A couple of days ago anon posted pic related. There's a lot of stuff I don't understand here...
is this just a variable anon is using, or some special kind of tensor?
>f, out of fucking nowhere
where does this come from? am i misreading it as a j?
>rules for working with upper/lower indices
when can a kronecker delta be combined with some other tensor to "eliminate" a variable?
>index forms for div, grad, curl, laplacian
can someone recommend a good reference for finding these?
In the way it's written, paying some heed to up/down indices, it's written as if you'd be working with a space equipped with a metric to move between the vector space and its dual. Briefly, it's used to raise/lower indices, but the upstairs/downstairs (contravariant, covariant, or mixed indices) Kronecker deltas are exactly the same anyway.
>f, other indices out of nowhere
If you're working in Einstein notation, which this is (please Google it if unfamiliar, it's pretty straightforward), repeated indices are dummy indices--so it could be replaced with any variable you wish, as these are summed over and not actual indices of your final expression.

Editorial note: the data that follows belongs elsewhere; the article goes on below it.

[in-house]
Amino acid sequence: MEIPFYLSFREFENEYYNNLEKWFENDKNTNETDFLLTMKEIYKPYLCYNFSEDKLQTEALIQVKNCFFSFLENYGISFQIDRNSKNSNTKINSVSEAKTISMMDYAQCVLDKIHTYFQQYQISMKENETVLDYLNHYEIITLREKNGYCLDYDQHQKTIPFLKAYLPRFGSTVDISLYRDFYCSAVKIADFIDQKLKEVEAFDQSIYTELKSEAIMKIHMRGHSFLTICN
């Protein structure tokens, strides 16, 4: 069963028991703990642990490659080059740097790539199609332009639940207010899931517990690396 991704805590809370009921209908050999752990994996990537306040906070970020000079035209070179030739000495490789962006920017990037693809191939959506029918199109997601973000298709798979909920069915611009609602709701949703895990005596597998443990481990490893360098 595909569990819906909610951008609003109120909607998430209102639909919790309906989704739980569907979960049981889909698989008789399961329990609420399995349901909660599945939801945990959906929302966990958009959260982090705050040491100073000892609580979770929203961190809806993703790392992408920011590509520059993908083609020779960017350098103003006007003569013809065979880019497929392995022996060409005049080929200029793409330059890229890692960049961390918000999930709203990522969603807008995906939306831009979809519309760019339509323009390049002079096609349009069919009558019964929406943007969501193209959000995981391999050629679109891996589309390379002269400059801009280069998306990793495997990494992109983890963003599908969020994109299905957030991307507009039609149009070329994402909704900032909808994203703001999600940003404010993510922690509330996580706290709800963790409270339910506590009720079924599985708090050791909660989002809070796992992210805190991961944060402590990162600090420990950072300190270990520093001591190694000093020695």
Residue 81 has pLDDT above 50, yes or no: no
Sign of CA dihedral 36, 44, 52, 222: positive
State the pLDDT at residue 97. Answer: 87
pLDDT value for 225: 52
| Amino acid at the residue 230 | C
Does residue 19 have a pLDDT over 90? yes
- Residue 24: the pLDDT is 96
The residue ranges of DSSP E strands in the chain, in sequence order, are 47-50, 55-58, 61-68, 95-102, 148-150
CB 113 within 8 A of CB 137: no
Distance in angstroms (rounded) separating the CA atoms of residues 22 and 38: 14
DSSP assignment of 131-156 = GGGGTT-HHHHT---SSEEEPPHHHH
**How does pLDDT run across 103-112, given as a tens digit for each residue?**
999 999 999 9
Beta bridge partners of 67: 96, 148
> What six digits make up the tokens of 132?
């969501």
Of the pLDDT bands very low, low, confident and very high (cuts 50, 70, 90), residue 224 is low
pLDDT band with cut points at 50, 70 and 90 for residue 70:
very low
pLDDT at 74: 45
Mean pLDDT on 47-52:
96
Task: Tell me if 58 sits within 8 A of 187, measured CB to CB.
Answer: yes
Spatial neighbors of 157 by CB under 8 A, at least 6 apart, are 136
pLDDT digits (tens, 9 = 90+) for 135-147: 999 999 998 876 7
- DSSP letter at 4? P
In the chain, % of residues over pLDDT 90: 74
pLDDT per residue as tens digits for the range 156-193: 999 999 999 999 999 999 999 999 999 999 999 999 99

>rules with upper/lower
This explains the previous confusion, upper and lower matter if you're working with a metric. If you're not sure what a metric is, it's essentially a way to relate a vector with upstairs indices to a mathematical objects containing the same information with downstairs indices. Please refer to Einstein notation again, I think this clears up the confusion with kronecker delters eliminating variables (indices?).
>index forms for grad, etc.
They're straightforward to understand/work out yourself once you see the rules. The epsilon symbols you're seeing are referred to as Levi-Civita symbols (sometimes permutation symbol, antisymmetric symbol) and have properties closely related to the definition of determinants and cross products. The other index notations will be obvious once you spend some time working with it.
You'll do well to look up Einstein notation and maybe some older mechanics books that have a section on it.
I'm not 100% sure what exactly the context for this stuff is but I might be able to help.
>eta a variable?
Eta could refer to the metric tensor. That's usually what we reserve it for. It is not a variable though
>f out of nowhere
I think they may have meant for that to be an "l" but you should really be able to follow along at that step to see what's happening.
that's literally what it does
>help with the indexing for the diff operators
I'm pretty sure the book Div Grad Curl and All That goes into this notation. I learned it before reading the book so I don't remember.
>Eta could refer to the metric tensor.
Specifically, eta usually means the Minkowski metric tensor.
Is you just want to learn this type of index stuff, go through a relativity course. Probably the best place to pick it up.